Jesus taught men to say, "Our Father;" and, in the Parable of the Prodigal Son, has left behind a most touching picture of the feelings of a father towards an erring son.* And yet, in their Confessions of Faith, men go on persistently imputing to the Infinite Father of all a never-ending thirst for vengeance, page 299 which assuredly could never be found rankling in the heart of any humane father towards the most abandoned and depraved of sons. To inferences drawn, however, from the conduct of a human father towards his offspring, a very ingenious reply has been made, for which orthodox theologians are indebted (if we mistake not) to the late Dr. Mansel, Dean of St. Pauls.

It amounts to this—that man, as a finite being, cannot be a judge of an infinite being, and, as a consequence, although the finite goodness of a human father may not be consistent with a particular line of conduct (e.g. the everlasting punishment of a rebellious son), yet infinite goodness may be consistent therewith. To this the best rejoinder has been made by John Stuart Mill: "We cannot conceive infinite space; but does anyone ever suppose that it does not possess all the properties by which space is characterized. Does anyone imagine that in ranging through it we might arrive at some region, where, though no body intervened, motion was impossible, or where the sum of two sides of a triangle was less than the third side. If in ascribing goodness to God, I do not mean the goodness of which I have some knowledge, but an incomprehensible attribute of some incomprehensible substance, which for aught I know may be a totally different quality from that which I love and venerate [and even must, if Mr. Mansel is to be believed, be in some important particulars opposed to this], what do I mean by calling it goodness, and what reason have I for venerating it?" We may add that Dr. Mansel proves, if anything, too much, by his ingenious theory; for if we may not reason by analogy from the finite father to the infinite, what meaning is there in the words "Our Father," and what comfort are men to derive from that cherished appellation?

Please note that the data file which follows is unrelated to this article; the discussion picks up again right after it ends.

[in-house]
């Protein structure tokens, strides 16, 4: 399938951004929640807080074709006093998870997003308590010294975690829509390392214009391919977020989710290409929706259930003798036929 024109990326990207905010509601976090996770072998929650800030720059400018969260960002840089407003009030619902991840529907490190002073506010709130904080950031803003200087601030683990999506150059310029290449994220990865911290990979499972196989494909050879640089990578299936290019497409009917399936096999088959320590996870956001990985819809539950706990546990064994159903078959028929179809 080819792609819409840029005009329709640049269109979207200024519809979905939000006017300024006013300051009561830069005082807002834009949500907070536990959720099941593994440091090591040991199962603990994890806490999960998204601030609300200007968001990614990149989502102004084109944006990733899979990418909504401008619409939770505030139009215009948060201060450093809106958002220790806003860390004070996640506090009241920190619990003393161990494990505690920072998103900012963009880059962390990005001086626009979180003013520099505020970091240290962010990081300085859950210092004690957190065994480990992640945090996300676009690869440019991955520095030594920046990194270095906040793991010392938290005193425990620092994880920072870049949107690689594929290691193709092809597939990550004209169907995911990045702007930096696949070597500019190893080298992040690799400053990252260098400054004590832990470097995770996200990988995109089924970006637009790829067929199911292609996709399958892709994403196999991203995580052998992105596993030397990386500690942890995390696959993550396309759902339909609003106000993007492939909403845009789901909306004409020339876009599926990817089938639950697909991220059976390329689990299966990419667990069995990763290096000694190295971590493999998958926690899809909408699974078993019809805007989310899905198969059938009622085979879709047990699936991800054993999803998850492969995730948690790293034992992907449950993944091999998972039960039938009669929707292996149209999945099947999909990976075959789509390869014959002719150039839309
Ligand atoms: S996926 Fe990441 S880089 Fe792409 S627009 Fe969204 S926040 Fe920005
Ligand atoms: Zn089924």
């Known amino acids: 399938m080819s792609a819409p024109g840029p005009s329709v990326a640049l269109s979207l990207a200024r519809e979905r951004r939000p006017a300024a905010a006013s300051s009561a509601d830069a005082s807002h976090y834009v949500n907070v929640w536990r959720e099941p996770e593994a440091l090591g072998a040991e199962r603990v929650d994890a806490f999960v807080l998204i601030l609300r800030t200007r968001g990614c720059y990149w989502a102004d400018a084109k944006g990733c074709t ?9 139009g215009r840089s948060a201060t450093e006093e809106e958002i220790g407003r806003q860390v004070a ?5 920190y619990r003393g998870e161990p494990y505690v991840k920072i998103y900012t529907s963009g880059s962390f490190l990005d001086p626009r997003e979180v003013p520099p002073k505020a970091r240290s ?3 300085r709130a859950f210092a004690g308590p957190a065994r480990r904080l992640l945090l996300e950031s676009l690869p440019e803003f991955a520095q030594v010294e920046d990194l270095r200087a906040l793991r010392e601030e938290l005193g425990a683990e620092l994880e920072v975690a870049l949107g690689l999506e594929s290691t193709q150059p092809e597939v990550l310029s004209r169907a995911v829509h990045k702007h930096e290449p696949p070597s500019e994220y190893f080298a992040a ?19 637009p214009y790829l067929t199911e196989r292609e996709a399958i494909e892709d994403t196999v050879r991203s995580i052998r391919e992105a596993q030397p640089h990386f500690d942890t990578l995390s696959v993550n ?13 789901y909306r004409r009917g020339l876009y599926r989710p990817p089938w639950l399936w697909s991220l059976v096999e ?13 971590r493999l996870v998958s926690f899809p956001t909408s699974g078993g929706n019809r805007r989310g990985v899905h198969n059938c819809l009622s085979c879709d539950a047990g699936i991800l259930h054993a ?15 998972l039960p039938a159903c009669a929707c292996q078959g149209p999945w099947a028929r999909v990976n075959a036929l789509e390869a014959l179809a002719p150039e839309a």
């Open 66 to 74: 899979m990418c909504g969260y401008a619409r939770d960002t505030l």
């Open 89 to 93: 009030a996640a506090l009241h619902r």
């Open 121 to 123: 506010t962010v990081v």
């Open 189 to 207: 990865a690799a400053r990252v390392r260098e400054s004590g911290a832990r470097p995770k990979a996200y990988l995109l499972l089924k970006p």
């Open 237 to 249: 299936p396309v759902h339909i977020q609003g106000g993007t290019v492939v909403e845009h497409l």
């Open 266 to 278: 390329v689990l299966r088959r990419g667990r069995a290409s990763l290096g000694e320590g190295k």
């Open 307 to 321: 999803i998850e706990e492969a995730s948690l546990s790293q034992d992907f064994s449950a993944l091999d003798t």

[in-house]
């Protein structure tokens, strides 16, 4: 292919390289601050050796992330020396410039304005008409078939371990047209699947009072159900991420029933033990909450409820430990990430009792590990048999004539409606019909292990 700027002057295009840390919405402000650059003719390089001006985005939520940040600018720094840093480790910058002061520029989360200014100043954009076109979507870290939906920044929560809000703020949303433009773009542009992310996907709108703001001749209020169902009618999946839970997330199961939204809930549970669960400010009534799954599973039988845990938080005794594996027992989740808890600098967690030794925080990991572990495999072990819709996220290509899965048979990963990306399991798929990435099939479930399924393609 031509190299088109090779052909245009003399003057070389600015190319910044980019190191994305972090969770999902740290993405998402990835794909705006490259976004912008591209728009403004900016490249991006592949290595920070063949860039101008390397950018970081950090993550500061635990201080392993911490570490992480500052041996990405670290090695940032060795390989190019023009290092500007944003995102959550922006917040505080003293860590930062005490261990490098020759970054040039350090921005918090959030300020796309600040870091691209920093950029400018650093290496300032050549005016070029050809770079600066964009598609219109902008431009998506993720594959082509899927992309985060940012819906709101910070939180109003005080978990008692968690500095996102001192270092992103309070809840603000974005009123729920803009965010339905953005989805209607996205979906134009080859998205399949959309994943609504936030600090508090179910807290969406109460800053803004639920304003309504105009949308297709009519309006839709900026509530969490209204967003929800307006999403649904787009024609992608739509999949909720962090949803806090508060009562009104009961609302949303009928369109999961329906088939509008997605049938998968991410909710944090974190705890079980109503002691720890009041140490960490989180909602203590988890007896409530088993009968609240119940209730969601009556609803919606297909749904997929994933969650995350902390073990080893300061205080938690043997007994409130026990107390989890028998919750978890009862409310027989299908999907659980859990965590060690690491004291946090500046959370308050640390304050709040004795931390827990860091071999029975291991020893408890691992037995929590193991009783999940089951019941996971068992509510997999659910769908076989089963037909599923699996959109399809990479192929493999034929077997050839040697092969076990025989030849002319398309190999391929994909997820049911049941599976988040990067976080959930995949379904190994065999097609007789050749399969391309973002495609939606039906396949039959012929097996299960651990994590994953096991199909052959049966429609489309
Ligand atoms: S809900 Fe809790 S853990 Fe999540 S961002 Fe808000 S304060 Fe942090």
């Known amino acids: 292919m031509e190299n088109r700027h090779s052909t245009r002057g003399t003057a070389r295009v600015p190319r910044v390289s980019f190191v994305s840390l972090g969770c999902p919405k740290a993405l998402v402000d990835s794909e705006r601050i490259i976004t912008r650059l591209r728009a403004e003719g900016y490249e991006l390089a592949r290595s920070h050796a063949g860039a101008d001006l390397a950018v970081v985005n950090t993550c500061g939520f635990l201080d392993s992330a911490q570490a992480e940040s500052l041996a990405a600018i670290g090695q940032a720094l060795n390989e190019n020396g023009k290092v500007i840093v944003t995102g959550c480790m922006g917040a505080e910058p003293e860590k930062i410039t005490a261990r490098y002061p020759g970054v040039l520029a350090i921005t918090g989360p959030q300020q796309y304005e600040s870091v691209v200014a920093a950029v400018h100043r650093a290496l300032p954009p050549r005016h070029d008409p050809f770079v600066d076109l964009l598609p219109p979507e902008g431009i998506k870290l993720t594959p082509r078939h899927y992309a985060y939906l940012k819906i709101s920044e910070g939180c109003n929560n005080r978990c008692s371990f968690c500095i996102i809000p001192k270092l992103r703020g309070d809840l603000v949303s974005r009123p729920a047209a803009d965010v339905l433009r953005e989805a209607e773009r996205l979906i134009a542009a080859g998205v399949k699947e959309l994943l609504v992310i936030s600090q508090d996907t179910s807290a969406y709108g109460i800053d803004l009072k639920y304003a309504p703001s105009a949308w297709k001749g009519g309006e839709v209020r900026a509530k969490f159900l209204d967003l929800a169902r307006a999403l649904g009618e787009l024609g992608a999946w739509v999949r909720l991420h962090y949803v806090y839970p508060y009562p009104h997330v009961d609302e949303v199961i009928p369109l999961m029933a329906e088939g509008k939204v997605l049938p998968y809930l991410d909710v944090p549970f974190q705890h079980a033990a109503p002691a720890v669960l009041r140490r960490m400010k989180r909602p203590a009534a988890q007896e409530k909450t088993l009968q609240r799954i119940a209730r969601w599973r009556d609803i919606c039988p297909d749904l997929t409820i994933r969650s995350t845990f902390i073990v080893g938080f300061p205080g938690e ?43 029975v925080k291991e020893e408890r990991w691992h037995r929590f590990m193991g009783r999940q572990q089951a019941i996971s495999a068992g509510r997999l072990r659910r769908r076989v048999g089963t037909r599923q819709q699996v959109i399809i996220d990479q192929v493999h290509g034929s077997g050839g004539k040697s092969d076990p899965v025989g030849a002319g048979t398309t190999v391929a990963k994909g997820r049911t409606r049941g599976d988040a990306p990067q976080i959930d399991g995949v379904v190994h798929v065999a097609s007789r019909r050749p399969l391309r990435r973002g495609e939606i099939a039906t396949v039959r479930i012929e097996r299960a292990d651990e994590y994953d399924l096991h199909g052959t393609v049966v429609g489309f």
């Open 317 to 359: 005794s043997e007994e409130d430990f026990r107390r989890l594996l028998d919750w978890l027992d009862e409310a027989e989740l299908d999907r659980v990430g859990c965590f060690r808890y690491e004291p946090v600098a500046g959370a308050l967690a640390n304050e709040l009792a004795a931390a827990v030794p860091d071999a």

Of a truth we live in strange times. We have one set of accredited public instructors telling us one set of things on Sundays in spoken words, and another set of public instructors telling us quite a different set of things in printed words at other times. We are supposed to believe the statements of the one under heaviest penalties, and we really believe what the others inform us, under no compulsion whatever. What patent absurdity is here! How absurd is it for intelligent men to read with interest, to weigh and to criticise the speculations of Huxley, Darwin, or Lubbock, upon the origin of the forms of animal life now existing on this globe of ours, if the key to the mystery lies in the sonorous deliverance of any parson who has been enlarging as usual upon the fall of man, discoursing about Adam and Eve and the serpent, as if these were as well-known historical personages as Napoleon and Bismarck. Moreover this kind of organised hypocrisy which people practice on Sundays is not, as some may fancy, a mere harmless conventionality. Religion should be practical. But being thus bound up with much that men no longer believe it cannot become page 300 practical. This is the nineteenth century of Christianity. Yet within twenty years we have had five wars in Europe and a great war in America. Of all vices cruelty, one would suppose, must be especially alien to Christianity. Did not Jesus say, "Love your enemies, bless those that curse you?" Yet recent events have shown us that, in one of the most civilised countries in Christendom, men, even in the hour of triumph, have not learnt to carry out in practice such a modified form of Christ's teaching as is comprised in the following: "Do not shoot prisoners in cold blood; do not kill your enemies first and tell lies against them afterwards to justify your barbarity; give them the benefit of a fair trial; and in the torrent of your rage, remember that they are men, not wild beasts or venomous reptiles."


* Orthodox theology, finding the Parable of the Prodigal Son too benign for its taste, will probably quote as a set-off that of Dives and Lazarus in the very next chapter of the same Gospel. It is, however, not our business, as rational Theists, to find the means of reconciling apparent discrepancies between different parts of the Scriptures. The tenour of the former Parable seems to us as genial and benignant as that, of the latter seems gloomy and despondent. Put we no more undertake to harmonise the two, than we can pretend to explain how the same being who blessed little children, wept over Jerusalem, and prayed for his murderers, could have withered a fig-tree with his curse, because it did not bear fruit out of season.